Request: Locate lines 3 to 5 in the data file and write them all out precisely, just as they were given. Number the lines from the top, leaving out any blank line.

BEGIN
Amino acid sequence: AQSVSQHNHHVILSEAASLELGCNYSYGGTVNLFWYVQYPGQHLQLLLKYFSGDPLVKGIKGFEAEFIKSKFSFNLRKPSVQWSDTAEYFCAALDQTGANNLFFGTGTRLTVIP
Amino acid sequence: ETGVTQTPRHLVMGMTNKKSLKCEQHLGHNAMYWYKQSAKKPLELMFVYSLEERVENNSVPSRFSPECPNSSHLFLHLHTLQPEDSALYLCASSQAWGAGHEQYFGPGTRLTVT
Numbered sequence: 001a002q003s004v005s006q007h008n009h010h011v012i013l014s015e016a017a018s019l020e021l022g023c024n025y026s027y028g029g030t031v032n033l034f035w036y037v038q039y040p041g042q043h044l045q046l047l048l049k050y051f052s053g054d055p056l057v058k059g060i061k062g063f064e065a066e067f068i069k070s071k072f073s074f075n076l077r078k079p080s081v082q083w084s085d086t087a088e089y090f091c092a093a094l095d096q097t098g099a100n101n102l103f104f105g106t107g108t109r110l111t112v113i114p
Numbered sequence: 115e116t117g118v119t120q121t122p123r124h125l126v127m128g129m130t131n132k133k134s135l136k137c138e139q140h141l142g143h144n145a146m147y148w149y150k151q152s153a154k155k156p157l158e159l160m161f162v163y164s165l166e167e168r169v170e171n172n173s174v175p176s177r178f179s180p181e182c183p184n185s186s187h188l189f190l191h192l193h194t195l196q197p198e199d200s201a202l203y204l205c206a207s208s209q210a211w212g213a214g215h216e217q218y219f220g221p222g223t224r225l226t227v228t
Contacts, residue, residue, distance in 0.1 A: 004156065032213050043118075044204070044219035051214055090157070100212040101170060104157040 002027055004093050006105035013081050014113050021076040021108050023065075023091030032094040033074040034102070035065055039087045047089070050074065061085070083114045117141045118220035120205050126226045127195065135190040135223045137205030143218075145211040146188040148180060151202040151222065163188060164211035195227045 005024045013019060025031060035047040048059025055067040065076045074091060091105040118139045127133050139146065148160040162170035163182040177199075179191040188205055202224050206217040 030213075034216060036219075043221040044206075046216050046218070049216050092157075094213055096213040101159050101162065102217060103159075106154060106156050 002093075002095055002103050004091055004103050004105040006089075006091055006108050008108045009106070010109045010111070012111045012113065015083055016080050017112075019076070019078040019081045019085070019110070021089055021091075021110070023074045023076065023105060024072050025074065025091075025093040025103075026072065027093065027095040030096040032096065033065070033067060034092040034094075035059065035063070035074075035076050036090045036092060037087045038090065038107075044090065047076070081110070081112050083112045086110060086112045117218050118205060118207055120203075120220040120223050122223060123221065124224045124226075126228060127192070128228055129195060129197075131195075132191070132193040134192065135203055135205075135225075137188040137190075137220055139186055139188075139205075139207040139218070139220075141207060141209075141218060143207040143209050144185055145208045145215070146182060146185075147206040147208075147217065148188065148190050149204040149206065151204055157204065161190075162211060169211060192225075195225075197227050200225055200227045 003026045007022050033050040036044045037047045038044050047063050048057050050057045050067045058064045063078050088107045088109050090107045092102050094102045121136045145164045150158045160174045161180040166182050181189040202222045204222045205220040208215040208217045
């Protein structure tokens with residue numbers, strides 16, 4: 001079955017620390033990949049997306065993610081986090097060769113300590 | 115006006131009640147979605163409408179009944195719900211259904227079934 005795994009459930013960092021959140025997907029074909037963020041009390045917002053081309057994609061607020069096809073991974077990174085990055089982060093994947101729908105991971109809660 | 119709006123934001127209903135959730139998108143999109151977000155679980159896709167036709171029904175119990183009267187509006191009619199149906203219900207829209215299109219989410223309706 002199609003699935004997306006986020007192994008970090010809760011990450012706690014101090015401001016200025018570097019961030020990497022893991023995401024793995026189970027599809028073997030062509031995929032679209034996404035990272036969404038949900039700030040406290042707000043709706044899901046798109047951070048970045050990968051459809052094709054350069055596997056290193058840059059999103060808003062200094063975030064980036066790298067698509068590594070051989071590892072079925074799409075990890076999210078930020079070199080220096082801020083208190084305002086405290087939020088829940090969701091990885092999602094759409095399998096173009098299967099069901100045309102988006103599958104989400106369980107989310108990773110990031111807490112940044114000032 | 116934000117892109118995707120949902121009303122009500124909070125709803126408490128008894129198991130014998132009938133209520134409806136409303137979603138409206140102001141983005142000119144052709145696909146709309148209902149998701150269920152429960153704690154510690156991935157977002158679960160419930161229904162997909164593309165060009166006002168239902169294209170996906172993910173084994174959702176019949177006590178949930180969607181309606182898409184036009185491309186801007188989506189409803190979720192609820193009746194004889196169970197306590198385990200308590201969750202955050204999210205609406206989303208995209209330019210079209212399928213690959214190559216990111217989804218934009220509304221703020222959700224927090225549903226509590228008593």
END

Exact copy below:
Numbered sequence: 001a002q003s004v005s006q007h008n009h010h011v012i013l014s015e016a017a018s019l020e021l022g023c024n025y026s027y028g029g030t031v032n033l034f035w036y037v038q039y040p041g042q043h044l045q046l047l048l049k050y051f052s053g054d055p056l057v058k059g060i061k062g063f064e065a066e067f068i069k070s071k072f073s074f075n076l077r078k079p080s081v082q083w084s085d086t087a088e089y090f091c092a093a094l095d096q097t098g099a100n101n102l103f104f105g106t107g108t109r110l111t112v113i114p
Numbered sequence: 115e116t117g118v119t120q121t122p123r124h125l126v127m128g129m130t131n132k133k134s135l136k137c138e139q140h141l142g143h144n145a146m147y148w149y150k151q152s153a154k155k156p157l158e159l160m161f162v163y164s165l166e167e168r169v170e171n172n173s174v175p176s177r178f179s180p181e182c183p184n185s186s187h188l189f190l191h192l193h194t195l196q197p198e199d200s201a202l203y204l205c206a207s208s209q210a211w212g213a214g215h216e217q218y219f220g221p222g223t224r225l226t227v228t
Contacts, residue, residue, distance in 0.1 A: 004156065032213050043118075044204070044219035051214055090157070100212040101170060104157040 002027055004093050006105035013081050014113050021076040021108050023065075023091030032094040033074040034102070035065055039087045047089070050074065061085070083114045117141045118220035120205050126226045127195065135190040135223045137205030143218075145211040146188040148180060151202040151222065163188060164211035195227045 005024045013019060025031060035047040048059025055067040065076045074091060091105040118139045127133050139146065148160040162170035163182040177199075179191040188205055202224050206217040 030213075034216060036219075043221040044206075046216050046218070049216050092157075094213055096213040101159050101162065102217060103159075106154060106156050 002093075002095055002103050004091055004103050004105040006089075006091055006108050008108045009106070010109045010111070012111045012113065015083055016080050017112075019076070019078040019081045019085070019110070021089055021091075021110070023074045023076065023105060024072050025074065025091075025093040025103075026072065027093065027095040030096040032096065033065070033067060034092040034094075035059065035063070035074075035076050036090045036092060037087045038090065038107075044090065047076070081110070081112050083112045086110060086112045117218050118205060118207055120203075120220040120223050122223060123221065124224045124226075126228060127192070128228055129195060129197075131195075132191070132193040134192065135203055135205075135225075137188040137190075137220055139186055139188075139205075139207040139218070139220075141207060141209075141218060143207040143209050144185055145208045145215070146182060146185075147206040147208075147217065148188065148190050149204040149206065151204055157204065161190075162211060169211060192225075195225075197227050200225055200227045 003026045007022050033050040036044045037047045038044050047063050048057050050057045050067045058064045063078050088107045088109050090107045092102050094102045121136045145164045150158045160174045161180040166182050181189040202222045204222045205220040208215040208217045